Figure 6: Comparison of the final spectrum after data selection (red dots) to Monte Carlo simulations (black line). The expected electron recoil spectrum from to oscillated interactions (filled blue histogram), Tl (green), Be (cyan) and external background (violet), are equal to the measured values in Table 3.
Figure 7: Comparison of the final spectrum after data selection and background subtraction (red dots) to Monte Carlo simulations (blue) of oscillated interactions, with amplitude from the Standard Solar Models BPS09(GS98) (high metallicity) and BPS09(AGS05) (low metallicity), and from the MSW-LMA neutrino oscillation model.

Vi Solar B neutrino flux and neutrino oscillation parameters

The equivalent unoscillated B neutrino flux, derived from the electron scattering rate above 5 MeV (Table 5), is (2.70.40.2)10 cms, in good agreement with the SuperKamiokaNDE-I and SNO DO measurements with the same threshold, as reported in Table 6. The corresponding value above 3 MeV, is (2.40.40.1)10 cms. The expected value for the case of no neutrino oscillations, including the theoretical uncertainty on the B flux from the Standard Solar Model BS07 (); Pen08 (); Ser09 (), is (5.880.65)10 cms and, therefore, solar disappearance is confirmed at 4.2.

To define the neutrino electron survival probability  averaged in the energy range of interest, we define the measured recoiled electron rate , through the convolution:

(4)

between the detector energy response , assumed gaussian, with a resolution depending on the energy, and differential rate:

(5)

with:

(6)

and:

(7)

where and are the electron and neutrino energies, and (=,-) are the cross sections for elastic scattering for different flavors. =3 MeV is the energy threshold for scattered electrons, corresponding to a minimum neutrino energy of =3.2 MeV, is the number of target electrons, and is the differential B solar neutrino flux Bah96 ().

3.0–16.3 MeV 5.0–16.3 MeV
Rate [cpd/100 t] 0.220.040.01 0.130.020.01
[10 cms] 2.40.40.1 2.70.40.2
0.880.19 1.080.23
Table 5: Measured event rates in Borexino and comparison with the expected theoretical flux in the BPS09(GS98) MSW-LMA scenario MSW ().

Using the above equation, we obtain =0.290.10 at the mean energy of 8.9 MeV for B neutrinos. Borexino is the first experiment to detect in real time, and in the same target, neutrinos in the low energy, vacuum dominated- and in the high energy, matter enhanced-regions. Borexino already reported a survival probability of 0.560.10 for Be neutrinos, at the energy of 0.862 MeV BX08 (). The distance between the two survival probabilities is 1.9 .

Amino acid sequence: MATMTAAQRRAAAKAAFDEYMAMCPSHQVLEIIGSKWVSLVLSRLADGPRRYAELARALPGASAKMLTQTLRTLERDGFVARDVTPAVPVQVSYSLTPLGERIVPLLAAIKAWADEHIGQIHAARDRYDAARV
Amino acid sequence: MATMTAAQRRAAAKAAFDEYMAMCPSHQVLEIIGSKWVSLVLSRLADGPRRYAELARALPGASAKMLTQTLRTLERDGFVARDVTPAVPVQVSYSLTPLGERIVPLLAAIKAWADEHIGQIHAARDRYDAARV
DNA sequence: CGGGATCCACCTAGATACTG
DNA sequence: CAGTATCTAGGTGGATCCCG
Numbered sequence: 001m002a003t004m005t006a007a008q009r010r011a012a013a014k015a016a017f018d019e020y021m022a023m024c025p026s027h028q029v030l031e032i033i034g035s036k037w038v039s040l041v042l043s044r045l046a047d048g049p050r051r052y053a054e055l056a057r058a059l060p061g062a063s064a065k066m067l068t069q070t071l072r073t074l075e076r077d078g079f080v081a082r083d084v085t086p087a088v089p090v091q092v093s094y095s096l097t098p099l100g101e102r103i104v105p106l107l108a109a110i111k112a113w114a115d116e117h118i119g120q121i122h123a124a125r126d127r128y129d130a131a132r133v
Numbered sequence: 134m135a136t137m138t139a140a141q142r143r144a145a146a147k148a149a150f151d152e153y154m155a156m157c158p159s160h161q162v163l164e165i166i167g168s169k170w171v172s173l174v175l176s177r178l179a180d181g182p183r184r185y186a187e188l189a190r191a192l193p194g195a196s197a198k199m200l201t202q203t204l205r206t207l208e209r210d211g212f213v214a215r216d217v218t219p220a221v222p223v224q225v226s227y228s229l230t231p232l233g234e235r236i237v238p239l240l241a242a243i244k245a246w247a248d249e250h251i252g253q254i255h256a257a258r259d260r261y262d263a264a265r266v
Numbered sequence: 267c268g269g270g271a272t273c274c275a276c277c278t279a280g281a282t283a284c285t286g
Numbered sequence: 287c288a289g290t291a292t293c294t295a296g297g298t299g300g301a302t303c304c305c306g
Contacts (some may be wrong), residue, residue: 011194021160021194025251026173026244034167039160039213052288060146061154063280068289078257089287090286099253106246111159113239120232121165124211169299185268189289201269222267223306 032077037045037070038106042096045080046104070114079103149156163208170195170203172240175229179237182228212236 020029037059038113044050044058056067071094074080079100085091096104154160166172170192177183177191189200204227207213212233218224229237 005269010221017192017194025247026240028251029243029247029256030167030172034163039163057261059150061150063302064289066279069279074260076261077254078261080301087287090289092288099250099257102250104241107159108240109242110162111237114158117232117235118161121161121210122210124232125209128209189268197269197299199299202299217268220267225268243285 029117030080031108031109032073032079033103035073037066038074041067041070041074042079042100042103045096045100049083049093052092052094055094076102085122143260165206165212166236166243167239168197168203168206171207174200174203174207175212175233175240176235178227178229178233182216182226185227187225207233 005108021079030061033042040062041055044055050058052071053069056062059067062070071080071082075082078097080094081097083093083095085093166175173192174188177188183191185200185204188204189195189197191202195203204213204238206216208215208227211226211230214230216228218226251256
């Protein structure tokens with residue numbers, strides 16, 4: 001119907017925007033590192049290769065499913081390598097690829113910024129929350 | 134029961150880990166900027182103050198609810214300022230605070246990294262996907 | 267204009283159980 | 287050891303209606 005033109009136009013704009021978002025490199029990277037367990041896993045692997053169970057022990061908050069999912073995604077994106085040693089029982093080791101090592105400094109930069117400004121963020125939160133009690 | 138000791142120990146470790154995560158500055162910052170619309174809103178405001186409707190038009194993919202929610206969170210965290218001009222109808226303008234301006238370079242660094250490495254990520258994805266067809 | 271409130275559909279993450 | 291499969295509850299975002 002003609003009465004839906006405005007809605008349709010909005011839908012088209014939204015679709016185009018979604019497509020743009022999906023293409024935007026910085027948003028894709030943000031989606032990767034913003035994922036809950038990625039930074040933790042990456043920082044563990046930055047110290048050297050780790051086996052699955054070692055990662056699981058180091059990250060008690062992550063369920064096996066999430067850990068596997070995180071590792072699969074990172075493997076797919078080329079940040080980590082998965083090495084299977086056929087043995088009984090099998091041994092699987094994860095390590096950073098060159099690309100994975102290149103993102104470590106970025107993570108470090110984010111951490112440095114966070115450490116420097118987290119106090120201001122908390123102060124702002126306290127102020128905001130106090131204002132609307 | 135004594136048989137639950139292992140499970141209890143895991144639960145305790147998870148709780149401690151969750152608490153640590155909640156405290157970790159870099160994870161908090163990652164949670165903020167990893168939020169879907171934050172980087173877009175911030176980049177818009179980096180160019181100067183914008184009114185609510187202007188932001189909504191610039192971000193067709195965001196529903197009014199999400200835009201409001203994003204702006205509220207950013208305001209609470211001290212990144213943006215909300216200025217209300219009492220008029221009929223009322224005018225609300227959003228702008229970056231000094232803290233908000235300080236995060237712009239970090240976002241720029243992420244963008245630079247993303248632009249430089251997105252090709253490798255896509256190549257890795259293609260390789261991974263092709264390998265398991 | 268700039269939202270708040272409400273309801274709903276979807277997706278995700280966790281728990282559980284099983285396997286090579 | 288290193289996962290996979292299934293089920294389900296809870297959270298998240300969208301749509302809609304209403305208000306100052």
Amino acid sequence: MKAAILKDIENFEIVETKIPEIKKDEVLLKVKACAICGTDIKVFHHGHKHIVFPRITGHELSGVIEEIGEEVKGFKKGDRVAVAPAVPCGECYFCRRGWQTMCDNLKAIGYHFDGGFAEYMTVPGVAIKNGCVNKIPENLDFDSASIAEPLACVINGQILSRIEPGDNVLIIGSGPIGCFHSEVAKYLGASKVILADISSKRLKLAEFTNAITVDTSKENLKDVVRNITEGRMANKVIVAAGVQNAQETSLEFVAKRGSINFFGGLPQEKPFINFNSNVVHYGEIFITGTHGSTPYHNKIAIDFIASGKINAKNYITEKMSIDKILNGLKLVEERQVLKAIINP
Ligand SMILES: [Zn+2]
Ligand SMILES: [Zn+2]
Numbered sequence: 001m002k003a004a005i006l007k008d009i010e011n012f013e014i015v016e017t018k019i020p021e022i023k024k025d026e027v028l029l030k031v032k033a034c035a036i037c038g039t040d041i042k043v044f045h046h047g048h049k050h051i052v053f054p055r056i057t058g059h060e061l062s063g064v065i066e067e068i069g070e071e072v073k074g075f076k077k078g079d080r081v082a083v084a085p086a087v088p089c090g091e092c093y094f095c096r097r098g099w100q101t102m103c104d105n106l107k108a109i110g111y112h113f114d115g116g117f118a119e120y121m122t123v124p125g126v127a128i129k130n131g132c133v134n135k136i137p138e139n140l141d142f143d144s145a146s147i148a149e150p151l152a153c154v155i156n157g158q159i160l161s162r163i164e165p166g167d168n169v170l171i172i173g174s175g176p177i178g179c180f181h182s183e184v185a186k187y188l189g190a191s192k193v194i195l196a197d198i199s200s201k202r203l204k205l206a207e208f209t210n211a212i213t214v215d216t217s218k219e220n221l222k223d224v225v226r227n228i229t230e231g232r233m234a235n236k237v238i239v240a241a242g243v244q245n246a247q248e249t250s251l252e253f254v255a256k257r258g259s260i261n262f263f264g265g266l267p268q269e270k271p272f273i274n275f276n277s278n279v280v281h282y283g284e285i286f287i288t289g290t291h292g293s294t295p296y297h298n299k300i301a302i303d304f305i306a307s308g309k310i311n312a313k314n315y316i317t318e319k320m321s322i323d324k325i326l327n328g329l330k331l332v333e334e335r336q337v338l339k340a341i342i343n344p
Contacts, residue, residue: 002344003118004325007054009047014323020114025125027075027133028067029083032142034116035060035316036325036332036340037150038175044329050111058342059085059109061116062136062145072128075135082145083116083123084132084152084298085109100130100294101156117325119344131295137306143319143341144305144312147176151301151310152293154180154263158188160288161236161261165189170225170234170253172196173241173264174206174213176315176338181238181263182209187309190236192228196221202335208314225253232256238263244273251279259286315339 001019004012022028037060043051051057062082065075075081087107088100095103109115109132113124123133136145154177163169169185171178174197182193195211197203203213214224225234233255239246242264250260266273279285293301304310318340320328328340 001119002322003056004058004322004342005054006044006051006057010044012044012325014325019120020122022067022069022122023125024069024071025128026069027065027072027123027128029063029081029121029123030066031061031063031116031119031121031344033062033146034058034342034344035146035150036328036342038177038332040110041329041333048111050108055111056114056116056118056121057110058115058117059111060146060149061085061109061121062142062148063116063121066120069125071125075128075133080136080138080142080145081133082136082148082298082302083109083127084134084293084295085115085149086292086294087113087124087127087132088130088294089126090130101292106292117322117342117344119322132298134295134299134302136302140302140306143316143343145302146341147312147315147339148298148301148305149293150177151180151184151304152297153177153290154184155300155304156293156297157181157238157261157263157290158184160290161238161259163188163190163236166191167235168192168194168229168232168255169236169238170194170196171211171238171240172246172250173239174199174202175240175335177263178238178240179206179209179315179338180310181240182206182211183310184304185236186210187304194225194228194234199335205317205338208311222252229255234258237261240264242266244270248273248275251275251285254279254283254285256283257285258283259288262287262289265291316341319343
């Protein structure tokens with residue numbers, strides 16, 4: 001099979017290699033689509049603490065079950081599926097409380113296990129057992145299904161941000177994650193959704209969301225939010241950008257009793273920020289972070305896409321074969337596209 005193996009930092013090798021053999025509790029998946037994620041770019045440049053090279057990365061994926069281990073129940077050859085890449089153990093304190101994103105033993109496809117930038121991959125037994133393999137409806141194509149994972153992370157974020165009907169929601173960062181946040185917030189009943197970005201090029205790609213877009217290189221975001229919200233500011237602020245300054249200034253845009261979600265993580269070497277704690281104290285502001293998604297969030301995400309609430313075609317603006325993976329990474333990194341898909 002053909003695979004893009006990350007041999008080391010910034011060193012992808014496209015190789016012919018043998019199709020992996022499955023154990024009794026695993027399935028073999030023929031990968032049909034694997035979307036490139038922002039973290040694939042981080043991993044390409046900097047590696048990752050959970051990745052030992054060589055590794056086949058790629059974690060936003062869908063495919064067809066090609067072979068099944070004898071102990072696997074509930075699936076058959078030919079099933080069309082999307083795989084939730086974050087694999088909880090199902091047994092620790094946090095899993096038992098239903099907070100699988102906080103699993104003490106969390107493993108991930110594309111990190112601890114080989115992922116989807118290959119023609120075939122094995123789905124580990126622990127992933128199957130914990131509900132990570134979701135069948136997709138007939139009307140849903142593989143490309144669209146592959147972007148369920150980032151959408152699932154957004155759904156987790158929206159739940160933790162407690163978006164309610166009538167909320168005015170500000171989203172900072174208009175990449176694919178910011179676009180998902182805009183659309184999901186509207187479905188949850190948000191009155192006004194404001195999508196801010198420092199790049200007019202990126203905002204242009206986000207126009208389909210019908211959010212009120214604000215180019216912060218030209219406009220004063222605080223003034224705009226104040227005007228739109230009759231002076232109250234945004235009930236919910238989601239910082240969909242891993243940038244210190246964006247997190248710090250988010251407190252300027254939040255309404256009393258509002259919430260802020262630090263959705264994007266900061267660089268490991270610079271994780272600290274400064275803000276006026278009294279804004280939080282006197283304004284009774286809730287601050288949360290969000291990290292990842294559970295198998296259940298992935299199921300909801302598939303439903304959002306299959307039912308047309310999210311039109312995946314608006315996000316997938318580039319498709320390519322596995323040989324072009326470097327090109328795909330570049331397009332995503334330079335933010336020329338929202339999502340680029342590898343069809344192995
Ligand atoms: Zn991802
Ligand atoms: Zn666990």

Figure 8: Electron neutrino survival probability as function of the neutrino energy, evaluated for the B neutrino source assuming the BPS09(GS98) Standard Solar Model BS07 (); Pen08 (); Ser09 () and the oscillation parameters from the MSW-LMA solution m=7.6910 eV and =0.45 Fog08 ()). Dots represent the Borexino results from Be and B measurements. The error bars include also the theoretical uncertainty of the expected flux from the Standard Solar Model BPS09(GS98).

Future precision measurements of Be and B (and, possibly, pep) neutrinos in Borexino could provide an even more stringent test of the difference in  for low- and high-energy neutrinos predicted by the MSW-LMA theory: assuming other 4 years of data taking, and to reduce the overall uncertainty on Be neutrino rate at 5%, the distance between the two survival probabilities can be improved at 3 .

Threshold
[MeV] [10 cm s]
SuperKamiokaNDE I SKI05 () 5.0 2.350.020.08
SuperKamiokaNDE II SKII08 () 7.0 2.380.05
SNO DSNO07 () 5.0 2.39
SNO Salt Phase SNO05 () 5.5 2.350.220.15
SNO Prop. Counter SNO08 () 6.0 1.77
Borexino 3.0 2.40.40.1
Borexino 5.0 2.70.40.2
Table 6: Results on B solar neutrino flux from elastic scattering, normalized under the assumption of the no-oscillation scenario reported by SuperKamiokaNDE, SNO, and Borexino.

We are grateful to F. Vissani and F. Villante for useful discussions and comments. The Borexino program was made possible by funding from INFN (Italy), NSF (U.S., PHY-0802646, PHY-0802114, PHY-0902140), BMBF, DFG and MPG (Germany), Rosnauka (Russia), MNiSW (Poland). We acknowledge the generous support of the Laboratori Nazionali del Gran Sasso (LNGS). This work was partially supported by PRIN 2007 protocol 2007JR4STW.